What is happening in Sisi prisons is a crime against humanity and a disgrace will continue to pursue those responsible for the regime and all those who are silent about this crime. In Egypt, something called the Human Rights Council appoints members of the regime and gives them generous salaries. Unfortunately, they do nothing serious to stop the regime's crimes against the detainees. Al-Sisi's intelligence department confirms that thousands of detainees are terrorists and therefore they have no rights. This fascist theory ignores several facts: that the accused is innocent until proven guilty and that the rights of prisoners in civilized countries are not affected by the charges against them, and there is a big difference between the state and the gang. The state carries out the law against the perpetrators of the crimes.

In the midst of this tragedy that is happening to thousands of detainees, we were surprised at Sisi at the youth conference talking about the dance of "Kiki" and laughing. I do not understand how Sisi is responsible for the suffering of thousands of people in prisons and he seems so unperturbed and happy. Why did Sisi laugh at Kiki?

Democracy is the solution

~~~~~

Al-Aswany, like most Egyptians, is not amused by Sisi's insensitive joke, blaming serious food and other shortages on people not working hard enough, implying they are having too much fun playing and dancing. 
This is from The New Arab:
Egypt's obsession with the Kiki dance is to blame for the rise in gas prices and the failing economy, according to President Abdel Fattah al-Sisi. During an "Ask the President" conference at Cairo University, Sisi mocked the viral Kiki challenge, which has swept social media. The challenge consists of dancing outside a moving car to Canadian rapper Drake's "In My Feelings" song, which has led to the arrest of a number of Egyptians and bans enforced across the region. 
"You keep riding cars and doing that Kiki miki thingy," Sisi said before bursting out laughing at his own joke, when speaking about the reasons for Egypt's failed economy.
The audience at the university - presumably feeling like they had no choice - laughed along at the autocrat's joke. Sisi then turned around to the oil minister and jokingly said: "Hey, Engineer Tarek raise the price of petrol and don't worry," before he continued laughing.
Sisi's joke came as he discussed ways to repair the Egyptian economy. He accused the Egyptian people of being lazy and not living up to their promises to him. Sisi claimed Egyptians are not working hard enough and too busy interacting on social media - such as with the Kiki challenge - rather than doing "their bit" fixing the sluggish economy. Cairo's disapproval of the Kiki Challenge is nothing new. Last week, state media threatened participants of the game with jail for breaking the country's - somewhat lax - traffic laws. 
Muslim scholars in Egypt also warned that the dance is a threat to country's "long entrenched values and ethics". Despite the fact that Sisi is blaming Kiki for keeping Egyptians too distracted from repairing the economy, Drake's famous song has sunk further into the political bloodstream of Egypt with an Arabic parody. The song lyrics express discontent with Sisi's rule and his regime's inability to raise living standards - despite his constant promises to create more jobs and wealth for Egyptians.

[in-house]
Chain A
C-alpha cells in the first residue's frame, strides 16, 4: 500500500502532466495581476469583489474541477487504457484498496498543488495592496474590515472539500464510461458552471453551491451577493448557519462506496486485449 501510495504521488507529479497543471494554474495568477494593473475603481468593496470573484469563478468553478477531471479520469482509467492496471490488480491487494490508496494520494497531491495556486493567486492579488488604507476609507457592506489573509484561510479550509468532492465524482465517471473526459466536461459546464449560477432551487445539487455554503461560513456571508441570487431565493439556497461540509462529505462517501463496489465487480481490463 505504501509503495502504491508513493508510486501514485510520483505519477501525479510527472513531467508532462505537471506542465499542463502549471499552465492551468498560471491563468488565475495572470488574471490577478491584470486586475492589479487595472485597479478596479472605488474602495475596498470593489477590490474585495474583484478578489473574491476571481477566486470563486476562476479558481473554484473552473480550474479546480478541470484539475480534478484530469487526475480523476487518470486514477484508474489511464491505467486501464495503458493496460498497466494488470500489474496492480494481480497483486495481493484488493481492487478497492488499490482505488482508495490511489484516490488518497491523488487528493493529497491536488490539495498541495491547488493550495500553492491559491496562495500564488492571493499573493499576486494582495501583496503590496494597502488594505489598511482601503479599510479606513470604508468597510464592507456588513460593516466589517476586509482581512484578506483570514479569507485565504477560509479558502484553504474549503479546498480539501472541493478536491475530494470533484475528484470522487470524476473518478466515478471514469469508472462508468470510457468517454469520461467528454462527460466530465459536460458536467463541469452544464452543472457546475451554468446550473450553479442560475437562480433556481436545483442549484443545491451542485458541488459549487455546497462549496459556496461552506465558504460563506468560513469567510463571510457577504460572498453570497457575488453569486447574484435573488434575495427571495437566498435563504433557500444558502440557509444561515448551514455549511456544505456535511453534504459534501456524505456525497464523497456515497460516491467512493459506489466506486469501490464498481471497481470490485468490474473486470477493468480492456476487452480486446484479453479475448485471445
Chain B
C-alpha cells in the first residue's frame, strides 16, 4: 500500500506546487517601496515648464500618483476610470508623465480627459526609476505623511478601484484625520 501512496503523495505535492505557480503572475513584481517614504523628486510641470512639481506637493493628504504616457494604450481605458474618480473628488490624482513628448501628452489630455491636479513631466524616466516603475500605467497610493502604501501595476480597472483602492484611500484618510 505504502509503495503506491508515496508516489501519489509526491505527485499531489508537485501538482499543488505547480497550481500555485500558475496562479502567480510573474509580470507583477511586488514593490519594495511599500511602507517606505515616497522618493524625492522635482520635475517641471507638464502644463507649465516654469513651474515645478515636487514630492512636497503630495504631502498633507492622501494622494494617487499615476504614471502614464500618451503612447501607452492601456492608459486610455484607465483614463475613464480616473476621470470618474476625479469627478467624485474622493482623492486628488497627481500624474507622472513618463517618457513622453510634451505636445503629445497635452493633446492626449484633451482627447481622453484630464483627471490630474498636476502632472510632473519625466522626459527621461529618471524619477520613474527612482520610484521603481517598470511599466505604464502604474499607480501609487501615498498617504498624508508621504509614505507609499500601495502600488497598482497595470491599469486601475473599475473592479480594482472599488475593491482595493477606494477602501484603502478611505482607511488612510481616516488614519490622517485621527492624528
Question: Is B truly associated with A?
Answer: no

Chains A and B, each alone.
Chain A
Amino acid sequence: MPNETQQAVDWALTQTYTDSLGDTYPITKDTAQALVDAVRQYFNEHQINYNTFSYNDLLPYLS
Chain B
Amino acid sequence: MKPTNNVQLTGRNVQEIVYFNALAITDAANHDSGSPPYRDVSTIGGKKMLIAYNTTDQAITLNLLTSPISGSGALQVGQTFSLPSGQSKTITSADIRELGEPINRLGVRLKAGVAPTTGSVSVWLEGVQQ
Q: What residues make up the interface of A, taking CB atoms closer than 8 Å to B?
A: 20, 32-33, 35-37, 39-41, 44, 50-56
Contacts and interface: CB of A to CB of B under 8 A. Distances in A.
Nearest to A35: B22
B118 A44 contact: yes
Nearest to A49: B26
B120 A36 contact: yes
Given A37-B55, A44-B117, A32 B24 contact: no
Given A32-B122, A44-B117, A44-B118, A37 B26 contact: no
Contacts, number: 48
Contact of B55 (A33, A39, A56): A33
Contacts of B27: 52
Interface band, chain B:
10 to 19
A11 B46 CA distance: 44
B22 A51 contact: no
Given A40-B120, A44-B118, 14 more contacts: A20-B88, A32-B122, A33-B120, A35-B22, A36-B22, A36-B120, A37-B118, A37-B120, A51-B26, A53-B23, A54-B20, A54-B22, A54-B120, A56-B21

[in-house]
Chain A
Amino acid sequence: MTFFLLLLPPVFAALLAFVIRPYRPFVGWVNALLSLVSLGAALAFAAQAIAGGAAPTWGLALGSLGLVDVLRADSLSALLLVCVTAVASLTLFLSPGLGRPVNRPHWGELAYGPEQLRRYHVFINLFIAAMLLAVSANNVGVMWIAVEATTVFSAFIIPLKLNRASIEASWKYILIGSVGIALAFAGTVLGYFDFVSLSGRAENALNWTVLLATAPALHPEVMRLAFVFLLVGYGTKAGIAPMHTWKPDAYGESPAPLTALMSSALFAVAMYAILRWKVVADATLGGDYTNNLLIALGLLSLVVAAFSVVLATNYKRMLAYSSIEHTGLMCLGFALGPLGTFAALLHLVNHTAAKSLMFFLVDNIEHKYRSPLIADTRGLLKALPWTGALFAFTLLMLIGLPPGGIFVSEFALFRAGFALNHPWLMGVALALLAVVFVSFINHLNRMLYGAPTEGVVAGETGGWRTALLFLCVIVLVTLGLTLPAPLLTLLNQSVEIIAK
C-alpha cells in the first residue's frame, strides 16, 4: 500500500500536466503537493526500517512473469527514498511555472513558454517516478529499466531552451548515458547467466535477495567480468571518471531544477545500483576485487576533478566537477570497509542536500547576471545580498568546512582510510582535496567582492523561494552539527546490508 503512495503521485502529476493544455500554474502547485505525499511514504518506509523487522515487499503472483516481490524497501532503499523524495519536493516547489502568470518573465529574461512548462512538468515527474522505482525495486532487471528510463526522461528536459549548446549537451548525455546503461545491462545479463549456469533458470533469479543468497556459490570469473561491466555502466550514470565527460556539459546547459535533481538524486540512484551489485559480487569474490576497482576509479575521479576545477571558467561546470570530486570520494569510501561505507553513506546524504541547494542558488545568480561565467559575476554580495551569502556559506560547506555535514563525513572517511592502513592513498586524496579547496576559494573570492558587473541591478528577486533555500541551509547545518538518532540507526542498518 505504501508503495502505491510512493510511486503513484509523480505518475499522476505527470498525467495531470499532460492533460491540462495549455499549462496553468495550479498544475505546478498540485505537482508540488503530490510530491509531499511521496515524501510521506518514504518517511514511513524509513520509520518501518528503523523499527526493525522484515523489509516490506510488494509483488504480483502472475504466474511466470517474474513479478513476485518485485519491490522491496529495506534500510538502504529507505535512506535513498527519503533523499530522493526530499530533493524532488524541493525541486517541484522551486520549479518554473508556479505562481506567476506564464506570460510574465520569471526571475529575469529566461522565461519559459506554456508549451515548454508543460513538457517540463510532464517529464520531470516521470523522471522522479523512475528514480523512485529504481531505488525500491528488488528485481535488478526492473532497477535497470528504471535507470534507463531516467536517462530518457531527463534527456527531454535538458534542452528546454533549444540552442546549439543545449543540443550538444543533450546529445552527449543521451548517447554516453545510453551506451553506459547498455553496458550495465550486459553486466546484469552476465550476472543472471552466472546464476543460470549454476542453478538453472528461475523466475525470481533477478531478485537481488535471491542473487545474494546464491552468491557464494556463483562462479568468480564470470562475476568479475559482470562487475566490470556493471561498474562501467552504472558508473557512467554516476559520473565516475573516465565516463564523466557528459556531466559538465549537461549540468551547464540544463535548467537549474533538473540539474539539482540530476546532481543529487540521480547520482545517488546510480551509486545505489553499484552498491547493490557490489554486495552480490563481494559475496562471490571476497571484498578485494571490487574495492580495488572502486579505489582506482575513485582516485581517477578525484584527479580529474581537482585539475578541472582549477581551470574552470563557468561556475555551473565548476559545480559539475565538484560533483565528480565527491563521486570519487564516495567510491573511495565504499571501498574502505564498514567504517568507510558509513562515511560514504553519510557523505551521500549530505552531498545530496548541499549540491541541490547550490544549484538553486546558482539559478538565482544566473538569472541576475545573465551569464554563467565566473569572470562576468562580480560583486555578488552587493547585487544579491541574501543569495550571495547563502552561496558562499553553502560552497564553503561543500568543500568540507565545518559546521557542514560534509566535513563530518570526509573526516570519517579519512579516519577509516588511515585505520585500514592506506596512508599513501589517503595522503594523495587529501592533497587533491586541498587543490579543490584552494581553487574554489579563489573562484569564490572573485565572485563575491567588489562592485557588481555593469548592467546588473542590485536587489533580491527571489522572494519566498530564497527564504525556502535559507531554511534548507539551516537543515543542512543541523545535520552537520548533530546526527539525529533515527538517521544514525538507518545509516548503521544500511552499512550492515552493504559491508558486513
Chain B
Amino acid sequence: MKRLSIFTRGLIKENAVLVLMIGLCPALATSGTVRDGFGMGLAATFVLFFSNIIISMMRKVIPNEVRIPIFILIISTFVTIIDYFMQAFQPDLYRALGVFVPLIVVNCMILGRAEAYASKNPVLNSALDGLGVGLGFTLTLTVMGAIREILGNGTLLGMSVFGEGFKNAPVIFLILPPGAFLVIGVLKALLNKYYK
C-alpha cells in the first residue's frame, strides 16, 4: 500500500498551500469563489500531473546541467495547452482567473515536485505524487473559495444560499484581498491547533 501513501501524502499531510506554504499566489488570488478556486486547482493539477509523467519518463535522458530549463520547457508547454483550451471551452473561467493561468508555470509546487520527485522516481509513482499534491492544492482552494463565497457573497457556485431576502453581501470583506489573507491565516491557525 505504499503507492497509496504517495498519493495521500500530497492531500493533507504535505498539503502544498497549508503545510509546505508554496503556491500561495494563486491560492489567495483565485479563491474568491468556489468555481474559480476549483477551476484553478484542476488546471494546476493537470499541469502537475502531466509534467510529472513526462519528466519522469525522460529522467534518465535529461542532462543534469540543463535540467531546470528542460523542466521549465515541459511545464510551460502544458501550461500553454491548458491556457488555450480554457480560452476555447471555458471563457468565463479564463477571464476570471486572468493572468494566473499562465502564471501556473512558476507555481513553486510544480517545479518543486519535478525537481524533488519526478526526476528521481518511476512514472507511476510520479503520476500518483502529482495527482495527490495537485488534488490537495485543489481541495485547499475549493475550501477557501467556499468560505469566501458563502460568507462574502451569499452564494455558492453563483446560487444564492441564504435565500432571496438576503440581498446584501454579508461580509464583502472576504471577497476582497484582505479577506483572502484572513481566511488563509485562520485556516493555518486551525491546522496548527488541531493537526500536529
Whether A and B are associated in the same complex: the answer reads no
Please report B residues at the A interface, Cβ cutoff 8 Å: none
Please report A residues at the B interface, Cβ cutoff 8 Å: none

"Sisi, listen to me, stop joking, we are dying, our leader," says the singer, pairing the song's light hearted beat with sombre lyrics in a desparate plea.
"Sisi, did you not promise that you will spoil us, our leader." 
The song also parodies complaints of the rising cost of staple goods - such as bread and fuel, which have become unattainable for many Egyptians. It also described Egyptians trapped in a state of depression due to rising poverty. The parody reflects a number of discontents expressed by Egyptians, which have been brushed off by the country's political and religious elite.
Earlier this month Ali Gomaa - a cleric the Egyptian state heavily relies on for stanch support - defended Cairo's crippling austerity measures by mixing his religious credentials with a bizarre take on nutrition in a recent TV interview. "You all complain that meat is too expensive and you say 'oh so what are we going to eat?'" he said.
"No, we shouldn't be talking like that! Allah created us needing 3,000 calories a day... 3,200 calories a day." He then went on to completely disregard basic nutrition advice and spoke about the calories in cake, saying this is a suitable alternative to meat.
"A piece of cake is 900 calories. So if you ate two pieces, that's it, as if you have eaten breakfast or dinner or whatever else." 
Despite Egyptian political and religious officials treating poverty in the country as a laughing matter, statistics show that poverty in Egypt is far from a joke. According to UNICEF, poverty levels in Egypt have reached 27.8 percent, putting children at significant risk. The UNICEF report, released at the end of last year said at least 10 million children are suffering as a result of "multi-dimensional poverty" and the physical and mental well-being of the population, with reports of children being affected by stunted growth due to malnutrition.

Sunday, August 5, 2018

Children Are Being Killed

This is a read and reflect essay. When two grandchildren are part of the household it's impossible to overlook policies and events involving children. Perhaps that's why I'm touchy about the death of kids. The response to the Valentines Day shooting in Florida is an ongoing reminder of the murder of kids and its impact on everybody.